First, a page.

Like Baby Yoda drifting through the galaxy, halfway through sleepytime and hurling-through-the-atmosphere-in-flames time, we don’t blame you if Season Two of The Mandalorian lulled you into a bit of a comfort zone during its first two entries. Episode One was (mostly) a standalone, monster-of-the-week jam, and Episode Two, really, was the pilot episode of The Baby Yoda Sh0w. (We’re not complaining!)
That’s all to say: Episode Three, “The Heiress,” was a blunt reminder that there’s quite literally hundreds of hours of Star Wars lore out there. The story picks back up with Mando, Baby Yoda, and Frog Lady’s mission to deliver Baby Yoda’s leftovers to Frog Man. (The Frog Man/Frog Lady reunion has to be one of 2020’s most emotional TV moments, right?) After that, Baby Yoda, unfortunately, is delivered some instant karma via a larger creature who tries to eat him. Some Beskar-armored peeps show up to save them, among them a familiar friend from the Star Wars: The Clone Wars and Star Wars Rebels animated series: Bo-Katan Kryze, played by Katee Sackhoff in live-action.
Througout the episode—which sees Mando and the other Mandos hijack an Imperial freighter—Bo-Katan delivers a vat of frog eggs’ worth of exposition, detailing a religious war in Mandalore and her quest for the Darksaber. At the very least, it’s enough to make you seriously consider subtitles for the rest of The Mandalorian. Either way, here’s a quick rundown on Bo-Katan’s history in the Star Wars universe—and why she’s important to The Mandalorian going forward.
All right: As “The Heiress” established, Bo-Katan is a true Mandalorian, not the imposter we met in the Season Two debut. On Mandalore, she was a lieutenant in Death Watch—which wasn’t the best group of characters. They allied themselves with Darth Maul, who was hellbent on taking the throne of Mandalore. Bo-Katan, like anyone with a brain free of Sith fumes, realizes that Darth Maul not only looks evil as hell, but is, like, genuinely evil. So she disassociates with Death Watch, starts up a resistance group, and makes buddies with the Jedi Order. The whole rigmarole leads to the Great Purge, which splits up the Mandalorians—AKA, the reason why Mando finds it so hard to find other Mandos. Here's how the Star Wars wiki describes Katan's last known whereabouts in canon:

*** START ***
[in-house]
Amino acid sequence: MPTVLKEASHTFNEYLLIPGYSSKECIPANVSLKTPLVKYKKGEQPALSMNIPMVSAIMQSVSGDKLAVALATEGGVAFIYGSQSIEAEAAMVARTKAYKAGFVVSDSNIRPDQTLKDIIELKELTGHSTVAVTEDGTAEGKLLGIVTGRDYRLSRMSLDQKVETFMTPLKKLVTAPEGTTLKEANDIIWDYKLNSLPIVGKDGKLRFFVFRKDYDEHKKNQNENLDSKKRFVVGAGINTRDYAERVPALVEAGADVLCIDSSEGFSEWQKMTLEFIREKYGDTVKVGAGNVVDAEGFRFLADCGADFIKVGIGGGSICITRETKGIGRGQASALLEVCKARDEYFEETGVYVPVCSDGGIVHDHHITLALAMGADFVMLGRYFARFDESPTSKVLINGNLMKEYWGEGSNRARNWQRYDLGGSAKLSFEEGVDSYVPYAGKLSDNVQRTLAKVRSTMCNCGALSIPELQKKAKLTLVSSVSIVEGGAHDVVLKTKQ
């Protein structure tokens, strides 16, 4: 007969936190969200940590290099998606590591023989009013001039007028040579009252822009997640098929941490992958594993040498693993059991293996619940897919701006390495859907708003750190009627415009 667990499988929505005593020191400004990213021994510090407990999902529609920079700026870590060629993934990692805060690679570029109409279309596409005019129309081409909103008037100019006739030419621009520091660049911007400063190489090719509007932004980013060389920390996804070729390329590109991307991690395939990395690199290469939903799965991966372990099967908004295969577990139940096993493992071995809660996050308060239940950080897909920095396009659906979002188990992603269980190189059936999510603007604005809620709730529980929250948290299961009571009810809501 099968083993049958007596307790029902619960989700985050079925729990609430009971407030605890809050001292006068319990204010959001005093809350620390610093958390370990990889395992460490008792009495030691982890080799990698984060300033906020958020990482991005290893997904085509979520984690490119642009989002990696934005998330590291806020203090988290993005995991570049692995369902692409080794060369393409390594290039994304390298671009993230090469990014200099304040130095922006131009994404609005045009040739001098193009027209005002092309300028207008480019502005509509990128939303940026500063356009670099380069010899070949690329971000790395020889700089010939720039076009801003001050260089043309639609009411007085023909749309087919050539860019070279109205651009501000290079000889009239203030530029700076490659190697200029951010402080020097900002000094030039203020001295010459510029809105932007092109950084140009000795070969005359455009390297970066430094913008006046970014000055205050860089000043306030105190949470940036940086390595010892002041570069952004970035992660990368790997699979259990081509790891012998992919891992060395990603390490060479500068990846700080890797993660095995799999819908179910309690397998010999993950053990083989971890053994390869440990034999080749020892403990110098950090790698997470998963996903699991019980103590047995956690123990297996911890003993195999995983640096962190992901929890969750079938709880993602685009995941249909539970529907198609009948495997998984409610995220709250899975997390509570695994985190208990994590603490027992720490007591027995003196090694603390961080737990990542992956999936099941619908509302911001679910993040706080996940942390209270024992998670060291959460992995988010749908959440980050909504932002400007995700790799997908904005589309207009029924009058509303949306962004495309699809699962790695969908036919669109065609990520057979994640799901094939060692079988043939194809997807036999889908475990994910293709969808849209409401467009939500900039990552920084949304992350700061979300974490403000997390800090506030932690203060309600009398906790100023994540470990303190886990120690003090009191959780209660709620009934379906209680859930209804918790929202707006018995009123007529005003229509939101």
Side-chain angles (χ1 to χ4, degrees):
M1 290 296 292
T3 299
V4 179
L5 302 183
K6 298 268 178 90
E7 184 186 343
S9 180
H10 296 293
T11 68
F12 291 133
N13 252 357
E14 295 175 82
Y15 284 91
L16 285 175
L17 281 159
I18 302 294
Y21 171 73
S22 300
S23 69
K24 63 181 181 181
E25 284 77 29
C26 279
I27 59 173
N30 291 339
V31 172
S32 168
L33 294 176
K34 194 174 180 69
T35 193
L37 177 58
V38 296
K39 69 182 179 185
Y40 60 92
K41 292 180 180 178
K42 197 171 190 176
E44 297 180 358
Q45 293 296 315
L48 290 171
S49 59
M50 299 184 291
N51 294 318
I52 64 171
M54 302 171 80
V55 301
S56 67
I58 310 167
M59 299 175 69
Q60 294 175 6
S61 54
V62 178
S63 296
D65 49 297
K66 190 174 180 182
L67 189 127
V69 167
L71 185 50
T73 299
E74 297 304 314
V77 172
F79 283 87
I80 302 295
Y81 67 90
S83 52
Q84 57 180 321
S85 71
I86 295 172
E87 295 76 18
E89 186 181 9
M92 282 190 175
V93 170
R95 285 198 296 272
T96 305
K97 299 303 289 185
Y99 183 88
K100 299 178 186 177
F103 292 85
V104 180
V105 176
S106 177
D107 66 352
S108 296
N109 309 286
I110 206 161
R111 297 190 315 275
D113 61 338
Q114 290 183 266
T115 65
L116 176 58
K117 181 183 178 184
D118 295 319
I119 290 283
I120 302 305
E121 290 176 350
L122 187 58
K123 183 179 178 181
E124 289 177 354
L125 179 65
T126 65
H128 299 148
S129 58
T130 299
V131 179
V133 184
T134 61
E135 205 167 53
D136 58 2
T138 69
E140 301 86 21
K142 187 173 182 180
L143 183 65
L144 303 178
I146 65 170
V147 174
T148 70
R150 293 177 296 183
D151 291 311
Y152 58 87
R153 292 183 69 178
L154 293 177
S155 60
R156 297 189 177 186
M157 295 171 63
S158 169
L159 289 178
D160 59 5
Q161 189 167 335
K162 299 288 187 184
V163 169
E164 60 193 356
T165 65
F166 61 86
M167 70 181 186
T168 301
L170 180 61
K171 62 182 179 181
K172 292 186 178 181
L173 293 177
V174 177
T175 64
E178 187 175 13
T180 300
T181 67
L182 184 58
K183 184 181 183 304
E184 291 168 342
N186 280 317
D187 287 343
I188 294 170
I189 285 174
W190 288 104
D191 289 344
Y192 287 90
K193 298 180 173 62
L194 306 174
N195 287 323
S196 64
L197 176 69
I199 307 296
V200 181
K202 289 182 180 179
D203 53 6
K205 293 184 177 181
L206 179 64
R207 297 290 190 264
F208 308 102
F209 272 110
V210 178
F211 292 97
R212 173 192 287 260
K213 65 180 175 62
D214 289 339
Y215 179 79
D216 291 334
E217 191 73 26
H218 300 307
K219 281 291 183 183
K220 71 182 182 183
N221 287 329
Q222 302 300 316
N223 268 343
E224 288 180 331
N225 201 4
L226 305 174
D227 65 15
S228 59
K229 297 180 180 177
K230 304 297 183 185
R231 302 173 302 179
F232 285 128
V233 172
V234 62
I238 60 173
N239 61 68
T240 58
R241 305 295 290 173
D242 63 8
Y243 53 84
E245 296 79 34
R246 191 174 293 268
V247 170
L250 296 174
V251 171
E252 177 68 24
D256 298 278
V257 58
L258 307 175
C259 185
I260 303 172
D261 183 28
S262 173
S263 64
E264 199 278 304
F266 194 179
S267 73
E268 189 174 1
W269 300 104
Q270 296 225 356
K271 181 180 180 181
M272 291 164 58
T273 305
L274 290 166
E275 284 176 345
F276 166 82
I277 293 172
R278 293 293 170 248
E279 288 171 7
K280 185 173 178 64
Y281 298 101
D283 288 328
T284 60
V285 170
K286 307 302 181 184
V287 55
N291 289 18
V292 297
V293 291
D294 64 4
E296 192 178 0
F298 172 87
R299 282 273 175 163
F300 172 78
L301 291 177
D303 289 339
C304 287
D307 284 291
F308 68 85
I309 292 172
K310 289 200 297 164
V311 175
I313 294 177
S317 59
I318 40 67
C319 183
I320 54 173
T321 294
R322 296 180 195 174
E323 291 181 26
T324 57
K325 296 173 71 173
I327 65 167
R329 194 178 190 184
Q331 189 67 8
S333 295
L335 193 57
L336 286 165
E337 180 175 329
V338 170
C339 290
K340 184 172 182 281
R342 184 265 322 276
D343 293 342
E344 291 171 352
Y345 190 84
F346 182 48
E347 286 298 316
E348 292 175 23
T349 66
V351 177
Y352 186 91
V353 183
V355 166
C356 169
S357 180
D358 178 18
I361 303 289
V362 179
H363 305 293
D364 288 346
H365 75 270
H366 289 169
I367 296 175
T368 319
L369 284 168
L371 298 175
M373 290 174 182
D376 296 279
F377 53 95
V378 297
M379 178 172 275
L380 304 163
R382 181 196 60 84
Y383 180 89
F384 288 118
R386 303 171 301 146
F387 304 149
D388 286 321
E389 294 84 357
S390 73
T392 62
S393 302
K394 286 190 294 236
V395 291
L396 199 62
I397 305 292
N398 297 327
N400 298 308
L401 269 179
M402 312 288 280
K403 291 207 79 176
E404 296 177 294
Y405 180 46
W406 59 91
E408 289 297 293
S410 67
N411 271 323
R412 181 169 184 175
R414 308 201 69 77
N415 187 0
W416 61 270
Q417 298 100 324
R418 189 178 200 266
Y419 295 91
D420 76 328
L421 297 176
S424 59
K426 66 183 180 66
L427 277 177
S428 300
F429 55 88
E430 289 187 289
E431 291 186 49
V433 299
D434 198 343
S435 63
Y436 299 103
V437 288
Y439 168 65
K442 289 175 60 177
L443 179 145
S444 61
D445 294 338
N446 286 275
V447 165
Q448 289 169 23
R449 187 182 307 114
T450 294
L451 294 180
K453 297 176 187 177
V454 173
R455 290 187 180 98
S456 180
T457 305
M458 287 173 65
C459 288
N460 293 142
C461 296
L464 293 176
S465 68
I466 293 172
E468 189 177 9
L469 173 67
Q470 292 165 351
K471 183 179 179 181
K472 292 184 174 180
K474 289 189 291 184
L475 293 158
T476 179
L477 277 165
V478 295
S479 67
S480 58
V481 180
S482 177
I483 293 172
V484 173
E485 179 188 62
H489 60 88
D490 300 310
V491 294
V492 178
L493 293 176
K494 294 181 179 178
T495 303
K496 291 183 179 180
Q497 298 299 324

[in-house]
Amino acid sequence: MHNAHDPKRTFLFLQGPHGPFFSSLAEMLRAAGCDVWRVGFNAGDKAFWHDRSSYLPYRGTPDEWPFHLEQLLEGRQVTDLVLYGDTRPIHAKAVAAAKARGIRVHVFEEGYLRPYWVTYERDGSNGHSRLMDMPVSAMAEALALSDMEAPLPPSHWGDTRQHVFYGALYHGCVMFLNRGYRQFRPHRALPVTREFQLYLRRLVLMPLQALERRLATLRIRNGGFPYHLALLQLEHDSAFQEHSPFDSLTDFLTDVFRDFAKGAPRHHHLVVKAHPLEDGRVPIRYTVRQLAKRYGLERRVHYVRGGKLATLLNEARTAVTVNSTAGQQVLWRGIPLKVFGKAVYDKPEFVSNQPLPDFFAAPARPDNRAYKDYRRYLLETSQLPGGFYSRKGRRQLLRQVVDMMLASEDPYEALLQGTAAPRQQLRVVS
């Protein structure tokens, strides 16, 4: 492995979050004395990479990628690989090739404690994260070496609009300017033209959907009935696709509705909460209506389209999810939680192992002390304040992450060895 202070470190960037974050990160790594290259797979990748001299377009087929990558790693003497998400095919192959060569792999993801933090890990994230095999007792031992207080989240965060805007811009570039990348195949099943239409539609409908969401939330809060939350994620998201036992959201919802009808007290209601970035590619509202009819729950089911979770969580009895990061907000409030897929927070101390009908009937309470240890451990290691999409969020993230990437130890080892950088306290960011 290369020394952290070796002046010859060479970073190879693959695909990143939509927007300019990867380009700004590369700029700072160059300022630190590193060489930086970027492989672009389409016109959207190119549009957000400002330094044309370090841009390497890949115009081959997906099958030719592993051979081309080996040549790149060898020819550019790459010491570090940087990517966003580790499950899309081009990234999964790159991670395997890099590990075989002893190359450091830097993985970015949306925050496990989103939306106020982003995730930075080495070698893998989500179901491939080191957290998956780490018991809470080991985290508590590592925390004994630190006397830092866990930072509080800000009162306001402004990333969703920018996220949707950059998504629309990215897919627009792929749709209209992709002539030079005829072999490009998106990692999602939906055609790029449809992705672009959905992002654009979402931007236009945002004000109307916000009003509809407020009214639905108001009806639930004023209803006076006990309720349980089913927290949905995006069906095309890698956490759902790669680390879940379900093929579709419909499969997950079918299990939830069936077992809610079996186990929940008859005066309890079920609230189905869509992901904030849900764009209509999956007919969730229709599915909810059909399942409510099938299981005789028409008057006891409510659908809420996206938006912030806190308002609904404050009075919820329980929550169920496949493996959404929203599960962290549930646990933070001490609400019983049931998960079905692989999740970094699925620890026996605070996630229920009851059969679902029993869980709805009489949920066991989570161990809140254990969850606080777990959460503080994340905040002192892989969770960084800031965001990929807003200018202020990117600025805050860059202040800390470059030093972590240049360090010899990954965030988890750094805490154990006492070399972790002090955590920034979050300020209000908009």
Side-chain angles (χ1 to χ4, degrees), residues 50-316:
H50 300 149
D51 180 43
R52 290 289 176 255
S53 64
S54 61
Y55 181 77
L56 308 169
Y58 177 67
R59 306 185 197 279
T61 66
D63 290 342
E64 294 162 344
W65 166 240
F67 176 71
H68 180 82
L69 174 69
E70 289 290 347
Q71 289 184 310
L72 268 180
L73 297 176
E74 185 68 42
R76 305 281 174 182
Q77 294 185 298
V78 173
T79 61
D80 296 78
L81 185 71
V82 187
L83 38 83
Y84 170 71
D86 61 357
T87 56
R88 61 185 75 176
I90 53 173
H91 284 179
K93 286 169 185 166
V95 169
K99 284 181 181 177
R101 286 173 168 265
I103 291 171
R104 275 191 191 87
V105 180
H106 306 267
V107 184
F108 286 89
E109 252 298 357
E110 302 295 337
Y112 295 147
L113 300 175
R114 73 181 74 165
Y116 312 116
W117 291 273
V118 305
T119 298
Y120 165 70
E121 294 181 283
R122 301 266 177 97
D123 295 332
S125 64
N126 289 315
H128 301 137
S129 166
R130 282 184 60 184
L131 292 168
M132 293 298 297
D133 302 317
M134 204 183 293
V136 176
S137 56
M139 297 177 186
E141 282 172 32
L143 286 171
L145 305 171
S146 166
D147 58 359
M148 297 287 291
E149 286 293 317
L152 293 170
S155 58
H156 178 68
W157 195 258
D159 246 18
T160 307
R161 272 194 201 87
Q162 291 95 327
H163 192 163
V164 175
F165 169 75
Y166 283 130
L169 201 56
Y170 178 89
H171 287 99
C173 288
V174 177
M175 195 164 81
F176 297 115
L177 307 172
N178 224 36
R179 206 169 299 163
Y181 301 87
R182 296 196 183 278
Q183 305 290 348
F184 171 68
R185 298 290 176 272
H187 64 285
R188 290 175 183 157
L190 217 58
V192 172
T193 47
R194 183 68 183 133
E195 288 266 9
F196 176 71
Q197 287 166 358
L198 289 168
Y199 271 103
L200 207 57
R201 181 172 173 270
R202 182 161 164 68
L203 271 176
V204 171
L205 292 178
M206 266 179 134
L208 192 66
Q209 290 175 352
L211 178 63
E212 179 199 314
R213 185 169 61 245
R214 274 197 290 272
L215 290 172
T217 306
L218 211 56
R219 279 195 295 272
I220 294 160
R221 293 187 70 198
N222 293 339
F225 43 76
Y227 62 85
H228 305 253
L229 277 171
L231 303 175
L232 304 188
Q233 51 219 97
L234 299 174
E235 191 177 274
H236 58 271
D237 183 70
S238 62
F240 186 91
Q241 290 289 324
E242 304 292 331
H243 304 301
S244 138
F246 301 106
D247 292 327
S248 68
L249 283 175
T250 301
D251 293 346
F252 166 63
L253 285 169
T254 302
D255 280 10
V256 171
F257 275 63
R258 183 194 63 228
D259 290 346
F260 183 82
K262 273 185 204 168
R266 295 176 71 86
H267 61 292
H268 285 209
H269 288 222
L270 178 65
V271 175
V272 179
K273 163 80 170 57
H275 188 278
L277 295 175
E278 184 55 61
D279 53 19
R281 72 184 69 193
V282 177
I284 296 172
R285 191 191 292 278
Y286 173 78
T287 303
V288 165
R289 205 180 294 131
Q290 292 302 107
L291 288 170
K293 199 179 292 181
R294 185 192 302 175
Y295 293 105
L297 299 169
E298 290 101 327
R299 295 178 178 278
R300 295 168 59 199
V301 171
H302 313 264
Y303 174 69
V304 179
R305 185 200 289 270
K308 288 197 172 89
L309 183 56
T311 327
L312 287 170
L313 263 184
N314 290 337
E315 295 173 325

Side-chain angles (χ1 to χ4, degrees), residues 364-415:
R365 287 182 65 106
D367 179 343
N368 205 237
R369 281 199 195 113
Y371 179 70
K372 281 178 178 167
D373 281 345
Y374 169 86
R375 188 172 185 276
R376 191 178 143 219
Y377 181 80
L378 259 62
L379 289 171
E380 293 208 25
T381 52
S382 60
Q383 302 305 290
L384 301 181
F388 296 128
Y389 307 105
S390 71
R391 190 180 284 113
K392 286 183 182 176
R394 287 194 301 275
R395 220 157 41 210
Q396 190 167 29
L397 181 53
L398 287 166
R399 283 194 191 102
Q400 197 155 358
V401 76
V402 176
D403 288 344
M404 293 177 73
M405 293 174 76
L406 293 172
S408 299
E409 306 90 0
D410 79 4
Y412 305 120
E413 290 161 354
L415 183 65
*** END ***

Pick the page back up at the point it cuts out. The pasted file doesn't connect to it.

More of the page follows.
During the Republic's occupation of Mandalore, the government reorganized into the Galactic Empire, and a new wave of violence claimed the planet. In 2 BBY, Clan Wren of Krownest chose to resist the Empire, leading the Imperial loyalists of Clan Saxon to fight them. These actions threw Mandalore into another civil war. During the war, Kryze encountered Countess Ursa Wren and Sabine Wren of Clan Wren, who were seeking a Mandalorian worthy of wielding the Darksaber and claiming the title of Mand'alor. With the Wrens' approval, Kryze took the weapon and rallied the support of several Mandalorians.
Which brings us to The Mandalorian. Bo-Katan mentions all of this: The Great Purge, plus the lingering Mandalorian religious war that pits her against Mando. (Bo-Katan: Revolutionary, cool with taking off her mask. Mando: Old-school, follows the Mandalorian creed verbatim like a good boy.) Bo-Katan tells Mando about her mission: Swipe the Darksaber back from Moff Gideon (she used to possess the nifty-looking weapon), so she can take back the throne on Mandalore. So, you can expect, most likely, Bo-Katan v. Moff Gideon later in the season. It might be a rematch—remember, we still don’t know how Moff got his hands on the Darksaber. It's also worth noting that Bo-Katan directs Mando to bring Baby Yoda to her old friend, the Jedi Ahsoka Tano—the two were last seen together just before the purge of the Jedi with Order 66.
Certainly fans have been waiting many years to see how all of these lose Star Wars threads will be pulled together. Now, it seems like The Mandalorian is going to be the place where it happens.
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